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LEARNING FROM CHALLENGING TEXT Timothy Shanahan University of Illinois at Chicago www.shanahanonliteracy.com.

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Presentation on theme: "LEARNING FROM CHALLENGING TEXT Timothy Shanahan University of Illinois at Chicago www.shanahanonliteracy.com."— Presentation transcript:

1 LEARNING FROM CHALLENGING TEXT Timothy Shanahan University of Illinois at Chicago

2 Challenging Text CCSS requires that students read texts at harder levels than in the past CCSS specifies the readability levels that students must read to reach the standards (using 6 different readability measures: ATOS, Degrees of Reading Power, Flesch- Kincaid, Lexiles, Source Writer) This presentation will provide some guidance as to why this change is being made and what will be needed to implement it successfully

3 Why the change? U.S. students are not reaching the levels of reading that they need to by the time they leave high school Reading demands of college and career tend to be well beyond high school level texts Students typically have to gain more in reading ability during their first 5 years after high school than they do during their last 5 years of secondary education Being able to meet the standards with relatively easier text is NOT meeting the standards

4 Text Varies in Difficulty In the 18 th -19 th centuries, educators recognized that text difficulty varied and they arrayed textbook difficulty from easy to challenging (e.g., Protestant Tutor, New England Primer, Webster’s Blue-Backed Speller, McGuffey’s Reader) This has continued in the 20 th century

5 Measurement of Readability In the 1920s, psychologists began measuring the difficulty of text (readability) Criteria: prediction of comprehension or specification of difficulties of a known set of passages Readability measurement improved across the century (in terms of reliability, inclusion of interesting variables, amounts of variance accounted for)

6 Key Ideas about Readability Texts vary in difficulty We can measure text difficulty Readability formulas predict variation in comprehension Readability estimates do not reveal why a text is complex

7 Role of Readability in Education Originally, there were no explanations of why text difficulty may matter in learning Has to be inferred from things like the titles of popular textbooks (e.g., “The Gradual Readers) The basic notion was that learning should progress from easier to more complex This changes during the 20 th century

8 Text Challenge and Learning Theory Two basic ideas on the role of text difficulty in learning emerge: Basal readers: controlled vocabulary gets very specific during 1950s (William S. Gray) Emmett Betts (1946): instructional level theory specifies how texts need to match to text difficulty to facilitate learning

9 Instructional Level Theory Betts claimed learning would be optimized if students were placed in text with appropriate difficulty levels Independent (fluency %; comprehension %) Instructional (fluency 95-98%; comprehension %) Frustration (fluency 0-92%; comprehension 0- 50%)

10 Source of Betts’ Criteria? Betts attributed the ideas to a validation study conducted by Killgallon Unfortunately, Killgallon didn’t do such a study -- nor did anyone else (Shanahan, 1983) The role of text difficulty in facilitating learning was more a matter of lore than empirical research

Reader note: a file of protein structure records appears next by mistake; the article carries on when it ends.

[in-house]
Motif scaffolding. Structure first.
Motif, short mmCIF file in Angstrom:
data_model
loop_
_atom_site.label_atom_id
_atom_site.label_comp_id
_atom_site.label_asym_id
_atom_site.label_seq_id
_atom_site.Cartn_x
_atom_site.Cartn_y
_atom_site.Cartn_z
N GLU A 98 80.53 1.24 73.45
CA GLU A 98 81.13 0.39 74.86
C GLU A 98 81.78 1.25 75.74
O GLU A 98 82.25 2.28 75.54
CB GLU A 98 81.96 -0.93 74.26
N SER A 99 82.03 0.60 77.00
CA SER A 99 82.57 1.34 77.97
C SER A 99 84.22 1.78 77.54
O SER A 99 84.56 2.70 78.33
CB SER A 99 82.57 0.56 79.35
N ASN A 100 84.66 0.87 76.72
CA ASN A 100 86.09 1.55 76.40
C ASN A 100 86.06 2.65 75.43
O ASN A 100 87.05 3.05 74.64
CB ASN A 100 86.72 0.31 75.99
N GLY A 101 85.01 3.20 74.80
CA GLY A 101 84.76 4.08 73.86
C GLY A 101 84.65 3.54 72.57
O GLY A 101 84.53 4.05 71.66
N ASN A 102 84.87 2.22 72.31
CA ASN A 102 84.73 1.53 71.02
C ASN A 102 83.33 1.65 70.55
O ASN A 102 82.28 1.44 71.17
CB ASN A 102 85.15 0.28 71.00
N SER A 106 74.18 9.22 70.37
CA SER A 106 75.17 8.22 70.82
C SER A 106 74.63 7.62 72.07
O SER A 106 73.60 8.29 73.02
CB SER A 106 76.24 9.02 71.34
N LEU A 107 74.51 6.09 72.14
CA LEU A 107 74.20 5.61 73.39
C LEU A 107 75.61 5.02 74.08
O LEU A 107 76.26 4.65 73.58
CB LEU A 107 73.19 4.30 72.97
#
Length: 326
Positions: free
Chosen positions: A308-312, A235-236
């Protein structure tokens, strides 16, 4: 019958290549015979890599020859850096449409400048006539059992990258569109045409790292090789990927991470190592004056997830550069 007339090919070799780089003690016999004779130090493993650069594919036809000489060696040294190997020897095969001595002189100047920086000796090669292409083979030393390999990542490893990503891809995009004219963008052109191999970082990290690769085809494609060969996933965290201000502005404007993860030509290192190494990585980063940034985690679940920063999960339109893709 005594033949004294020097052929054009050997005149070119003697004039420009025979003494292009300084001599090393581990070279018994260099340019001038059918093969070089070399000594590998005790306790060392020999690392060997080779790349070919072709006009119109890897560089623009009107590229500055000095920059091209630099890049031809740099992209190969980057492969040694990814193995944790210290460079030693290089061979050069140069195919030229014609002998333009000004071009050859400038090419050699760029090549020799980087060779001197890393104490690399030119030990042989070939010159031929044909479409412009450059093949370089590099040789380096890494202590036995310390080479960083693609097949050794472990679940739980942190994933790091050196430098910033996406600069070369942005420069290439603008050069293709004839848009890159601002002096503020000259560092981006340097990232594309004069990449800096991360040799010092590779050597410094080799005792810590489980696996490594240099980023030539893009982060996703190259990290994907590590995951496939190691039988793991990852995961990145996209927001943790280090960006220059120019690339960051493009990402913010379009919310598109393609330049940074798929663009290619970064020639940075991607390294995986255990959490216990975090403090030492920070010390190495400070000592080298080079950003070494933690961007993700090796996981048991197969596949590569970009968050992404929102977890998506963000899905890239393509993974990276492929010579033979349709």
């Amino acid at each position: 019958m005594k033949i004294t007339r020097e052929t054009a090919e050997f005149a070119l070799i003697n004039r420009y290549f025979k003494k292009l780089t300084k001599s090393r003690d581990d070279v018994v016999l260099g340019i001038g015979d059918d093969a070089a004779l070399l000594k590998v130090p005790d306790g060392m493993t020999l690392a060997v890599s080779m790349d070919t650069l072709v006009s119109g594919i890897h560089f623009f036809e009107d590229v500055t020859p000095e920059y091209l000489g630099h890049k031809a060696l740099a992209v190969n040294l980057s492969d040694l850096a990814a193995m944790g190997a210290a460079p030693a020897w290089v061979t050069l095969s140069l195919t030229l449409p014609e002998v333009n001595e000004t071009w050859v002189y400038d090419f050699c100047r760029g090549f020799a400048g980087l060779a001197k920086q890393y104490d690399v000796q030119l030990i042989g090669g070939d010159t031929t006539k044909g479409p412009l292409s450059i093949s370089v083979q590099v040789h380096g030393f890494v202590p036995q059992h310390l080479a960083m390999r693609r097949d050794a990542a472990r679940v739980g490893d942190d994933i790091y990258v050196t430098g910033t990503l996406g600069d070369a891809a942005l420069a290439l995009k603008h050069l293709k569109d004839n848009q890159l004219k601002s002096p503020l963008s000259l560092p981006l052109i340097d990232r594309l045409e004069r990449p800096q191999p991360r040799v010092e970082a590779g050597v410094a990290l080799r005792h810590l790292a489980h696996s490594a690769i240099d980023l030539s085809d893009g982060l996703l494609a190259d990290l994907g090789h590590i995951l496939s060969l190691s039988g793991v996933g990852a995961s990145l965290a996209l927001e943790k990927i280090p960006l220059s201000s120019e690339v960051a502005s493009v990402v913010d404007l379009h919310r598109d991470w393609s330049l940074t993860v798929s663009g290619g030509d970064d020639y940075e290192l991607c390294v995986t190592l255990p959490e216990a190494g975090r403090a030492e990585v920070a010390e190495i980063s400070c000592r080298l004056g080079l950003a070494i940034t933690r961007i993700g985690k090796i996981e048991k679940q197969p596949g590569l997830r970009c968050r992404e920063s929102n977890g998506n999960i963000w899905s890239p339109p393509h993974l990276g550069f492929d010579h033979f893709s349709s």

11 Powell Criteria William Powell challenged Betts’ criteria during the 1960s He put forth the idea of “mediated levels” PP-2: fluency 87-93%; comprehension 55-80% Grades 3-5: fluency 92-96%; comprehension % Grade 6: fluency 92-97%; comprehension % Students placed in harder texts 50% of time

12 Betts’ Instructional Level Theory Learning is facilitated by ensuring students can read the text with relatively good comprehension Reader Level Text Level

13 Powell’s Mediated Text Theory Learning is best from harder texts because teaching facilitates comprehension Mediation Student Level Text Level

14 Readability Measures Most readability measures make their predictions on the basis of word difficulty and sentence difficulty They are indexes (or correlates) of difficulty, but they do not identify why texts may be challenging (you can’t use these formulas as a specific guide for re-writing)

15 Evidence that Text Should Be Harder Morgan, Wilcox, & Eldredge (2000) Varied text difficulty for three groups Had groups study in the same way for the same amount of time Measured impact on growth in reading comprehension “Frustration-level” placement led to greatest gains Lack of descriptive data

16 More evidence Chall, Conrad, & Harris, 1977 Hayes, Wolfer, & Wolfe, 1996 Textbook publishers/school districts strove to reduce levels of texts since early 1940s Studies show that 3-12 th grade textbooks have gotten easier Decline in text levels has presaged the declines in student performance levels

17 Still more evidence ACT (2006) Correlational study showing close connection between amount of reading of challenging text in grades 8-12 and success

18 Summary Readability formulas predict comprehension, NOT learning Readability formulas don’t reveal why texts are challenging Students seem to learn more from trying to read challenging texts, with teachers mediating this reading Mediation requires an awareness of why a text may be difficult

19 What will it take to make this work? Difficult challenges may require revolutionary responses One fundamental response required to meet this new demand successfully will be: …for teachers to actually read the texts they are going to teach from …before the kids do